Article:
This time of year is often seen as problematic for landscape photographers. With the sun high in the sky during the day, light conditions can be harsh and with the days still lengthening, the best conditions require an extremely early start (even 4am is probably too late right now), or late finish.
I'd love to be able to photograph at the coast in the best possible light, but we're not quite close enough to make this practical on a regular basis. Plus, being on the east coast means those early starts are necessary to catch the best of the light; I envy those on the west coast who can have a lie-in and still benefit from great light at the end of the day.
I managed an hour's photography the other day, catching the last of the sun on a warm evening at the wonderful North Cliffe Wood, a Yorkshire Wildlife Trust reserve nearby. In that hour, I spent my time in and around the silver birch trees on the heathland at the edge of the wood. The sun was so low that the light was below the tree canopy, illuminating only the trunks and surrounding grasses.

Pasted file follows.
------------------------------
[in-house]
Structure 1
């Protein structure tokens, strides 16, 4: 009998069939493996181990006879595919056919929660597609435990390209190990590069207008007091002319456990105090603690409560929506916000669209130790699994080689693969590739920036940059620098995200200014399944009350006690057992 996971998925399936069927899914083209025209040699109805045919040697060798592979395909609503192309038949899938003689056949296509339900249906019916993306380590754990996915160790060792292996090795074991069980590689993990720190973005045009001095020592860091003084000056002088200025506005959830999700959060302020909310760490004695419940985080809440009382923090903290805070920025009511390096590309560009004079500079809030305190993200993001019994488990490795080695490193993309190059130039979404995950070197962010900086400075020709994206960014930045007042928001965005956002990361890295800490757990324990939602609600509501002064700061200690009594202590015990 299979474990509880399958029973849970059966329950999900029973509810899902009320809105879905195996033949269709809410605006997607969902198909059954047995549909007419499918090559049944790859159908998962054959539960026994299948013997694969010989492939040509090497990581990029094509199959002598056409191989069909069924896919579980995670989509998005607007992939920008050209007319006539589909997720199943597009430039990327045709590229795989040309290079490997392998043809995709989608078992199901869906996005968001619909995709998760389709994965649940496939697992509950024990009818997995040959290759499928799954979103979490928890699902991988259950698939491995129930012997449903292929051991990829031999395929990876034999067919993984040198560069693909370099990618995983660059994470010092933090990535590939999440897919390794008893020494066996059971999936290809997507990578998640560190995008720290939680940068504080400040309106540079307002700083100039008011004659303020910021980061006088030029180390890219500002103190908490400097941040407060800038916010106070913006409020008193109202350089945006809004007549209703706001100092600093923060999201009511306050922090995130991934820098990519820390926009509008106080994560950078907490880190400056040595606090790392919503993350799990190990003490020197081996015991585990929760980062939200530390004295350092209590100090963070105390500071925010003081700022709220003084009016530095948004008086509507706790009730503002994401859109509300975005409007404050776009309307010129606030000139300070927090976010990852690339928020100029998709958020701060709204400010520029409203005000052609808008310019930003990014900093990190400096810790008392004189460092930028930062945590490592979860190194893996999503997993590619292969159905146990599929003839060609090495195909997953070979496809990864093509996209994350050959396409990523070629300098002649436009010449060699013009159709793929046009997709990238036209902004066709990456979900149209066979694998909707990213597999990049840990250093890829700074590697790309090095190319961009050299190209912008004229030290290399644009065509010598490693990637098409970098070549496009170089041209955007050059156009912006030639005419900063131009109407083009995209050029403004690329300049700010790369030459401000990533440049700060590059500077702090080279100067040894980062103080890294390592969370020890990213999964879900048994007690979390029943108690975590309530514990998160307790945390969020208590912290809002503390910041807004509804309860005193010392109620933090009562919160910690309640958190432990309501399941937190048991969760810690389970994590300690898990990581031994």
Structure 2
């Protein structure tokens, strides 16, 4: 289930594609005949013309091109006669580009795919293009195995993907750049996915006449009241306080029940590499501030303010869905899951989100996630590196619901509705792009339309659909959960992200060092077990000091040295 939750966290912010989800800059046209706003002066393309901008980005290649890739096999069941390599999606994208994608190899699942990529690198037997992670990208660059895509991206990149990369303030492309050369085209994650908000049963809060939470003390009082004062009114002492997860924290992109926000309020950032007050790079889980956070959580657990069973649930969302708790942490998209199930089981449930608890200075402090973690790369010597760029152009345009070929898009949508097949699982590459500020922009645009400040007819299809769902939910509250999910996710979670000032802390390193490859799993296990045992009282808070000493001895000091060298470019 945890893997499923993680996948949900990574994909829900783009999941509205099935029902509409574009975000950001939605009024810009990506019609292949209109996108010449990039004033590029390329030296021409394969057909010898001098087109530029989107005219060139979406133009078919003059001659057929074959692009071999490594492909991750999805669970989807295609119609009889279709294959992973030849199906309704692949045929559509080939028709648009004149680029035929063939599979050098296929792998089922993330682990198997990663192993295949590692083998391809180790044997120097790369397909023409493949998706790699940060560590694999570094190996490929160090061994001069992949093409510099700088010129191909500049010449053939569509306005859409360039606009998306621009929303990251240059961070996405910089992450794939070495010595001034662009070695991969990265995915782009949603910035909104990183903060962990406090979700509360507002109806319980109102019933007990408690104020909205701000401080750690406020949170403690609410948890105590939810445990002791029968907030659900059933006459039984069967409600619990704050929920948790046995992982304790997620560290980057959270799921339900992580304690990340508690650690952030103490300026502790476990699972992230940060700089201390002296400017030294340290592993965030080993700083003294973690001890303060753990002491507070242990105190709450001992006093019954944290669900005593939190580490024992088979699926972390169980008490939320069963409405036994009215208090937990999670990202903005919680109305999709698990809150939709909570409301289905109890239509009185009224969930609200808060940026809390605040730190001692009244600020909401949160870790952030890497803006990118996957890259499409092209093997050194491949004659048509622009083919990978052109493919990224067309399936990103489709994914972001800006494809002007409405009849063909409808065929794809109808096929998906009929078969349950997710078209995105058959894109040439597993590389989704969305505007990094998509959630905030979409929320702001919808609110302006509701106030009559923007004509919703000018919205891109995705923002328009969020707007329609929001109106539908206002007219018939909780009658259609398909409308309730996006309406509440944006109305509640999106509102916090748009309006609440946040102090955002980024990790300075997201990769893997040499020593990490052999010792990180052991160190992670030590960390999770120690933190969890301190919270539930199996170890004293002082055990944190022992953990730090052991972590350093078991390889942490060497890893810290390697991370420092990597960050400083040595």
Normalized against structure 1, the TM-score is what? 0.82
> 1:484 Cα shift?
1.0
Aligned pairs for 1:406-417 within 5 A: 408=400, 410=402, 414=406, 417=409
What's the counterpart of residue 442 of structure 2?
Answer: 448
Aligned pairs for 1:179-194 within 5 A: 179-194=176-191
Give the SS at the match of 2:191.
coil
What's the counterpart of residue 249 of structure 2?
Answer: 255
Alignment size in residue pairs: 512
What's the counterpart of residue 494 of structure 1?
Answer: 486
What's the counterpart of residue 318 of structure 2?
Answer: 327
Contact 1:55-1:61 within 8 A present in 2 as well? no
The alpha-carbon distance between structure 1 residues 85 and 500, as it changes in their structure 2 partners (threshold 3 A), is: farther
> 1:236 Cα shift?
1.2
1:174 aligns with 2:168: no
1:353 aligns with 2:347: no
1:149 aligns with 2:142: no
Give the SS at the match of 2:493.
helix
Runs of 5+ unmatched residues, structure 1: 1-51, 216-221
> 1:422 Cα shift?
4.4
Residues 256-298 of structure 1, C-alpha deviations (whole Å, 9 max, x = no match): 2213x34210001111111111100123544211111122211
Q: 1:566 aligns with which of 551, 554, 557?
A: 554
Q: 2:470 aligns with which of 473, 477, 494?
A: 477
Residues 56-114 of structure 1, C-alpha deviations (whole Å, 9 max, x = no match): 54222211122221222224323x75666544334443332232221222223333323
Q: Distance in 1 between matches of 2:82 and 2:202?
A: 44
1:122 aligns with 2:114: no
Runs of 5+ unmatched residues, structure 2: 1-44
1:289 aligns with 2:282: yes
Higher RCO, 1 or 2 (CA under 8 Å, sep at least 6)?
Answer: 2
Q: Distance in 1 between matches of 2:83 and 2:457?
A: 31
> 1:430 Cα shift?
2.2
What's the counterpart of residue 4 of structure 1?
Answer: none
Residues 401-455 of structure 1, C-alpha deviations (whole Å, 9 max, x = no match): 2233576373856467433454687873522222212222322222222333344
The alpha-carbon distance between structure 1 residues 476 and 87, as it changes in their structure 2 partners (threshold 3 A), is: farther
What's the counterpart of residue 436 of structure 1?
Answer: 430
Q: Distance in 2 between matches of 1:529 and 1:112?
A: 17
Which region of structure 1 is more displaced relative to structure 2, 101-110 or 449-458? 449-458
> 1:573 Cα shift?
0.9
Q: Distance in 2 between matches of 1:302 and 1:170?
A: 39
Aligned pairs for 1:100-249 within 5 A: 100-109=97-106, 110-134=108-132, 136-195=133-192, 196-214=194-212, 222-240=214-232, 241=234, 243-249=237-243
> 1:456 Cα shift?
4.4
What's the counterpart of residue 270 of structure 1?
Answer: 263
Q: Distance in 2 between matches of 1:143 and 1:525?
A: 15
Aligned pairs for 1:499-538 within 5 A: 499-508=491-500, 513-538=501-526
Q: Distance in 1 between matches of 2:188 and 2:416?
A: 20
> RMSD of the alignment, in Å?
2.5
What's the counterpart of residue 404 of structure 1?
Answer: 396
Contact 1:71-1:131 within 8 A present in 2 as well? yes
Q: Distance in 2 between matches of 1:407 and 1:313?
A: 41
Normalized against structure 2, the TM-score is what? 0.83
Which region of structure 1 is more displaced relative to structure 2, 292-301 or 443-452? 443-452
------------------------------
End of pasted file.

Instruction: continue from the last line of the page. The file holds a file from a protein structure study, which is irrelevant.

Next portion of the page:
The low light required a high ISO, and I adjusted the white balance in camera to ensure that it would capture the warm reflective glow of the tree bark. A light breeze was blowing, and with a relatively long exposure of 1/10th of a second a little movement in the leaves and grass was inevitable, for me the combination of camera setting was right for the conditions.
Camera settings: Nikon D850, 24-70mm lens at 46mm, ISO 640, 1/10 of a second at f/14